Opinion | Campaign

Colin Powell's example to the GOP — and to America

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It will be some time until the Republican Party turns the page on Donald Trump and returns to its more mainstream, conservative principles.

Eight months after the Jan. 6 insurrection, Trump still has the soul of the Republican Party. On Oct. 18, the former president filed a federal lawsuit against the Jan. 6 select committee seeking to block the panel from obtaining his administration's records from the National Archives.

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Having fundamentally shifted away from its axis of reasonable conservative and libertarian archetypes, the Republican Party continues to relitigate America's ugly past without any logical orientation or ideological reasoning to shape the party's future. There is no pablum platform or component figurehead, and the GOP doesn't have leaders but sycophants, afraid to challenge the distortion of the party's axis.

Very simply, it feels as if our federal republic is slowly eroding, and Jan. 6 was the breaking point.

The loss of Gen. Colin Powell is an unfortunate reminder that we are grieving our national political party system and an America that once was - a collective bipartisanship. Nine months ago, in the wake of the Trump-inspired riot at the U.S. Capitol, Gen. Powell said that he could "no longer call myself a fellow Republican." He castigated not just Trump but his enablers within the party. Ironically, a quarter-century before, the Republican Party's nomination had been Gen. Powell's for the taking - if he had wanted it.

Gen. Powell knew that the nation's political landscape had become highly polarized, but he also knew that average citizens must engage to hold elected officials accountable; that the people dictate the terms of American politics. Moreover, citizen engagement is critical now more than ever, with Republican efforts systematically rolling back voting access in states following Democratic victories in the 2020 election.

Gen. Powell helped a generation of young people understand civic engagement. Furthermore, while he never denied the unfortunate role race played in his life and in our society more broadly, he repudiated the idea that race could end his dreams or the dreams of others, and through his balanced and moral leadership, helped pave the way for so many who would follow.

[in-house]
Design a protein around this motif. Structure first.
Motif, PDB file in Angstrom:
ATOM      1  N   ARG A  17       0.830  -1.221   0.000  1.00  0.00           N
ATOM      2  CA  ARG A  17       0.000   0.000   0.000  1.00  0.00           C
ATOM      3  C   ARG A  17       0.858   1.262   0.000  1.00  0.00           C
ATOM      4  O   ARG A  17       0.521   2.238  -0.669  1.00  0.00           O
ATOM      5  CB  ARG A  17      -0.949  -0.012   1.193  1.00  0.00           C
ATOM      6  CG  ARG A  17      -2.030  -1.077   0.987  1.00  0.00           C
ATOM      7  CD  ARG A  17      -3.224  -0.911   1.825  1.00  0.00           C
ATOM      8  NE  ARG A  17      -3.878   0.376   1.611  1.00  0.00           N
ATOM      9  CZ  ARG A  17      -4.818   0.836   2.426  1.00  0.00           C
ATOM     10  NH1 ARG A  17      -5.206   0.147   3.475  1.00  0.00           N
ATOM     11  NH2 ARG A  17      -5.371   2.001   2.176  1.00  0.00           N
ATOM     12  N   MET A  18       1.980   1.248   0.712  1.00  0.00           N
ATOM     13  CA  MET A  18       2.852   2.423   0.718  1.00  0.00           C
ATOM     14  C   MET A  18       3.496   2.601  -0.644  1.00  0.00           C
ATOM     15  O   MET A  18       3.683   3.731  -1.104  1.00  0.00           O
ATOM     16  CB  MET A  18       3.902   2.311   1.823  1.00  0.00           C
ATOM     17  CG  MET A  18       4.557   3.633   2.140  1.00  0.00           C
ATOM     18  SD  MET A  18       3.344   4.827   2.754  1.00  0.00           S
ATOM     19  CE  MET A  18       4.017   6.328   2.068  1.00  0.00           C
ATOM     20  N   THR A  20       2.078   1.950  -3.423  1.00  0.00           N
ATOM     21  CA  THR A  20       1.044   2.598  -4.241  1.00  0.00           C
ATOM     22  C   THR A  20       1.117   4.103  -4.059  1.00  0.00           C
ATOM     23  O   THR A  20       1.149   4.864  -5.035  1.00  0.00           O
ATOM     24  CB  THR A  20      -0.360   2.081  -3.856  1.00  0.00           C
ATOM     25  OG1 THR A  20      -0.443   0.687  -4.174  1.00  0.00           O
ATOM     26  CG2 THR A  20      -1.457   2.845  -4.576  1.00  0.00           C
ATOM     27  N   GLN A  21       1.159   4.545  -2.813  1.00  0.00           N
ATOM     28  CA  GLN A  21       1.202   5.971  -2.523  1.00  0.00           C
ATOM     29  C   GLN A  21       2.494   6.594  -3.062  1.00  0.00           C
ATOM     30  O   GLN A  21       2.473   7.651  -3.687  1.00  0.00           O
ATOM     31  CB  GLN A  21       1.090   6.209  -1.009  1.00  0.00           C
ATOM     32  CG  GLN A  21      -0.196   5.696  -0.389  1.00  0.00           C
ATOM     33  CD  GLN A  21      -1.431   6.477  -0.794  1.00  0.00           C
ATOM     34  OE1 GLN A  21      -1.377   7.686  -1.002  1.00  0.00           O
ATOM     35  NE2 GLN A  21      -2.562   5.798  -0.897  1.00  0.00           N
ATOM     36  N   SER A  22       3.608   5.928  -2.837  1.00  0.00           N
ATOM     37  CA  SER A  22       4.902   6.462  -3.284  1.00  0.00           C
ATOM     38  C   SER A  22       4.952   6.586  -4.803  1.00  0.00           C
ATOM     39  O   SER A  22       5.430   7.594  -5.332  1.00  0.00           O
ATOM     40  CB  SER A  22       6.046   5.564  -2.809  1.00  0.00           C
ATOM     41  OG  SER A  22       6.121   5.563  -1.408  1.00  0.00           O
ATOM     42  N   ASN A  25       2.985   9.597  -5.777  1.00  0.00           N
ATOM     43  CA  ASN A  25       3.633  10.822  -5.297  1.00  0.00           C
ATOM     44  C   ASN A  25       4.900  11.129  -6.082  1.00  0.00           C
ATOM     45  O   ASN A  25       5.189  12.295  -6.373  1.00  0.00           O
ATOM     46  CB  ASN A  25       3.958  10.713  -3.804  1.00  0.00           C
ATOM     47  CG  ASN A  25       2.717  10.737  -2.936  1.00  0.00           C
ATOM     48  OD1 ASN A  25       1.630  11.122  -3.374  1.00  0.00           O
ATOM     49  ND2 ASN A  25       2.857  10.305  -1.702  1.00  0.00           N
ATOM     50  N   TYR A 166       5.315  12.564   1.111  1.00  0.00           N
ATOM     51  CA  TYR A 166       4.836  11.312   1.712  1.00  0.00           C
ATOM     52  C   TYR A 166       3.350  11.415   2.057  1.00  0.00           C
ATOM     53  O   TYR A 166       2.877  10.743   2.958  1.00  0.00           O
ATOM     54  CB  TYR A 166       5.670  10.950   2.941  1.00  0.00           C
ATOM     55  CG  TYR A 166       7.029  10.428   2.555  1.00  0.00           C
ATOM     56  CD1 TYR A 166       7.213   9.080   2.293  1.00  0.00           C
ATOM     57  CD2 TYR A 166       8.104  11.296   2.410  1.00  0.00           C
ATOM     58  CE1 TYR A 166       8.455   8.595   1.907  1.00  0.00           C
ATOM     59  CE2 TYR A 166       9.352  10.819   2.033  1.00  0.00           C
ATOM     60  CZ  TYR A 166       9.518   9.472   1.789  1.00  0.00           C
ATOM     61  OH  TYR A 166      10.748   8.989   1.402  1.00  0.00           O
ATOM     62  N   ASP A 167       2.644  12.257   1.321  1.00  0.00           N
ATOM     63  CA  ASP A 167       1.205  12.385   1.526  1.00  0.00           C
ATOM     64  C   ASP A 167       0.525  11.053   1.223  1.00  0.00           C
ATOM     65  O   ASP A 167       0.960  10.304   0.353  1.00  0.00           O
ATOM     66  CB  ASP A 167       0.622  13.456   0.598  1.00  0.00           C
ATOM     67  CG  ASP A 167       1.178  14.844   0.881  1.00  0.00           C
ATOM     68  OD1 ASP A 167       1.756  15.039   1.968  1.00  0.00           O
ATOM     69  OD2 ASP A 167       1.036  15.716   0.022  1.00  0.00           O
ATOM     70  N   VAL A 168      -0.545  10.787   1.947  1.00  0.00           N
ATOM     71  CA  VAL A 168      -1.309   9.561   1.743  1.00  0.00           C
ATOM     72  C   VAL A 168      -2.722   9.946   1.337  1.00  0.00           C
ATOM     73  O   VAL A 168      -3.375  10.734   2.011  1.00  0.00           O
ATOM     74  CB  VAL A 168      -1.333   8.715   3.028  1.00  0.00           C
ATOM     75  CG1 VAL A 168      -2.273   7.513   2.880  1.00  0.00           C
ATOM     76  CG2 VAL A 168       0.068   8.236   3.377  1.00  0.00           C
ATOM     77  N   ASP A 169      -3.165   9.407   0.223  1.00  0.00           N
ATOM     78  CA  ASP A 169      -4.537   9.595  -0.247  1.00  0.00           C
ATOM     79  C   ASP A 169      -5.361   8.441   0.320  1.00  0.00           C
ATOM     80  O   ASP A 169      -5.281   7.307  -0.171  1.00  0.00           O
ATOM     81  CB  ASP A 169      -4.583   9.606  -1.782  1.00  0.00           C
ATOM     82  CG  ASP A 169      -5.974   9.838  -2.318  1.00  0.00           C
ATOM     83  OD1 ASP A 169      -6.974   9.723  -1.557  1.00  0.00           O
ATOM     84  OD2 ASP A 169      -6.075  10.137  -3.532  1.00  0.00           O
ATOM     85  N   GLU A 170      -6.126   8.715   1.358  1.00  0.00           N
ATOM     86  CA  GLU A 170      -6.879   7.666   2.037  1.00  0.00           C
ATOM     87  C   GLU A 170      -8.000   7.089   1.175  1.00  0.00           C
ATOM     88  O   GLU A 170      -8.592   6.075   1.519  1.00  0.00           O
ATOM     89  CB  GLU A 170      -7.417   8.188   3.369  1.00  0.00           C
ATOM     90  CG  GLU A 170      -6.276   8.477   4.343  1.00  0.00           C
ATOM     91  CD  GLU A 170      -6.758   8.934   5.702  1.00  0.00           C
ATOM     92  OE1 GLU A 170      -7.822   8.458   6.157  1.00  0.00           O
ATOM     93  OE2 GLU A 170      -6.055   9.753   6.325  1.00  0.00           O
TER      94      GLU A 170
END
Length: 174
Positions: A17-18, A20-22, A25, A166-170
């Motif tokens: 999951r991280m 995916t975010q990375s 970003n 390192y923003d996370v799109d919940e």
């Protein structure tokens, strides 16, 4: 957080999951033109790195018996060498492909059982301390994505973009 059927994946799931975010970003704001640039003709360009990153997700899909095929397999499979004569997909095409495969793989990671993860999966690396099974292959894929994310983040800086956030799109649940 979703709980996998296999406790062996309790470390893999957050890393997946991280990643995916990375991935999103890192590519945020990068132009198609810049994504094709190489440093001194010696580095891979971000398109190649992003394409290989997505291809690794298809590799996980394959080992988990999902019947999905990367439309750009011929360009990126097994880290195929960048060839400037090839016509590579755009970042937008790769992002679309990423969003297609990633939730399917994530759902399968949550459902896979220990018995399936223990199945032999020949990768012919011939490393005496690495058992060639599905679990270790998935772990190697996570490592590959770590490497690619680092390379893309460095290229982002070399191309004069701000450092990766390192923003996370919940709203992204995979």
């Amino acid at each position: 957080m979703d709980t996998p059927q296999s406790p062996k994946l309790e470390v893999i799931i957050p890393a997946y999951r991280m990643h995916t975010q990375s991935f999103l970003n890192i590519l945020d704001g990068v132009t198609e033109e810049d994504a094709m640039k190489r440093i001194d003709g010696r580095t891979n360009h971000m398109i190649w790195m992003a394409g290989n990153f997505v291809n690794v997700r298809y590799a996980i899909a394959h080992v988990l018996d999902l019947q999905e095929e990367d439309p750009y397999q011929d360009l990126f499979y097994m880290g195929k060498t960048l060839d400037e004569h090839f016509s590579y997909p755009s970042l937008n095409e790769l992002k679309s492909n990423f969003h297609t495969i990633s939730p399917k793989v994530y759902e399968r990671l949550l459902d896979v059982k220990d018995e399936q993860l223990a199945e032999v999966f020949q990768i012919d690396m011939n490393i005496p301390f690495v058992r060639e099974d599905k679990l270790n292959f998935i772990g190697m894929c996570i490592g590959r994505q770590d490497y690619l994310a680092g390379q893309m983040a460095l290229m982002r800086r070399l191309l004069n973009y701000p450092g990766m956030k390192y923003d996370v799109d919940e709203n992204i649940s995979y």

Our country is now teetering between the tyranny of elites and the tyranny of irrationality - a societal bipolar condition that threatens to crash down on us. Moreover, representative democracy both domestic and abroad is being degraded by rampant populism being exploited by malicious forces to enshrine the dominance of political minorities over prevalent (not populist) will.

This anti-democracy craziness does have roots in a willingness of the Republican Party to leverage the structures of national governance to effect rule by the minority. But Republicans aren't only at fault here; Democrats continue to be too "soft" during both campaigning and legislating and they fail to organize effectively. For a few decades now, it's been apparent that both parties are continuing to move to the extreme, turning to political gangsterism instead. This is worsened by the number of Democrats retiring and the few moderate Republicans like Rep. Anthony Gonzalez (R-Ohio) leaving Congress altogether.

Gen. Powell served Republican administrations but was willing to endorse then-candidate Barack Obama for president in 2008. And when conspiracy theories were trolling, and many Republicans were questioning Obama's faith, Gen. Powell replied in a resonant way, exemplifying his ethical clarity: "The correct answer is, he is not a Muslim; he's a Christian. He's always been a Christian. But the really right answer is, 'What if he is?' Is there something wrong with being a Muslim in this country? The answer's no, that's not America. Thus, is there something wrong with some seven-year-old Muslim-American kid believing that he or she could be president?"

Gen. Powell is the standard-bearer for what it means to be a great American regardless of political affiliation, race or creed. Could we as the American people emulate his example? Or could we as a country get back to what it truly means to be great - the way in which Gen. Colin Powell made it great?

Quardricos Bernard Driskell is a former Republican operative and an adjunct professor of legislative politics at The George Washington University Graduate School of Political Management. Follow him on Twitter @q_driskell4

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